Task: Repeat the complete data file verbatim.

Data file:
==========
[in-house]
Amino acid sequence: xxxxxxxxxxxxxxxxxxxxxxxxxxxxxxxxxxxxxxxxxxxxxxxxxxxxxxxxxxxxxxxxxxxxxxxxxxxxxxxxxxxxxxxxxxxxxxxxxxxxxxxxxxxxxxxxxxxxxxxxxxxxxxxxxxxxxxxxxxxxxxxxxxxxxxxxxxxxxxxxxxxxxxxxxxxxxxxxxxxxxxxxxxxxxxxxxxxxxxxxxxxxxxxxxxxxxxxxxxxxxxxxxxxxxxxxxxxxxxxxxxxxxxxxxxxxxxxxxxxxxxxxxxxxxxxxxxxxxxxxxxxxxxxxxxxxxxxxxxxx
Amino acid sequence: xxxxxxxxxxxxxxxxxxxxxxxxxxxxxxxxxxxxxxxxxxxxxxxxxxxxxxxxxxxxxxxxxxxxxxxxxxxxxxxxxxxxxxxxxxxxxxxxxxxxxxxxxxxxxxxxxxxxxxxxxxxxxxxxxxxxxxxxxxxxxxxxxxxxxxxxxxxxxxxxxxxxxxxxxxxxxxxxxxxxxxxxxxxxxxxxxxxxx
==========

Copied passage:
[in-house]
Amino acid sequence: xxxxxxxxxxxxxxxxxxxxxxxxxxxxxxxxxxxxxxxxxxxxxxxxxxxxxxxxxxxxxxxxxxxxxxxxxxxxxxxxxxxxxxxxxxxxxxxxxxxxxxxxxxxxxxxxxxxxxxxxxxxxxxxxxxxxxxxxxxxxxxxxxxxxxxxxxxxxxxxxxxxxxxxxxxxxxxxxxxxxxxxxxxxxxxxxxxxxxxxxxxxxxxxxxxxxxxxxxxxxxxxxxxxxxxxxxxxxxxxxxxxxxxxxxxxxxxxxxxxxxxxxxxxxxxxxxxxxxxxxxxxxxxxxxxxxxxxxxxxx
Amino acid sequence: xxxxxxxxxxxxxxxxxxxxxxxxxxxxxxxxxxxxxxxxxxxxxxxxxxxxxxxxxxxxxxxxxxxxxxxxxxxxxxxxxxxxxxxxxxxxxxxxxxxxxxxxxxxxxxxxxxxxxxxxxxxxxxxxxxxxxxxxxxxxxxxxxxxxxxxxxxxxxxxxxxxxxxxxxxxxxxxxxxxxxxxxxxxxxxxxxxxxx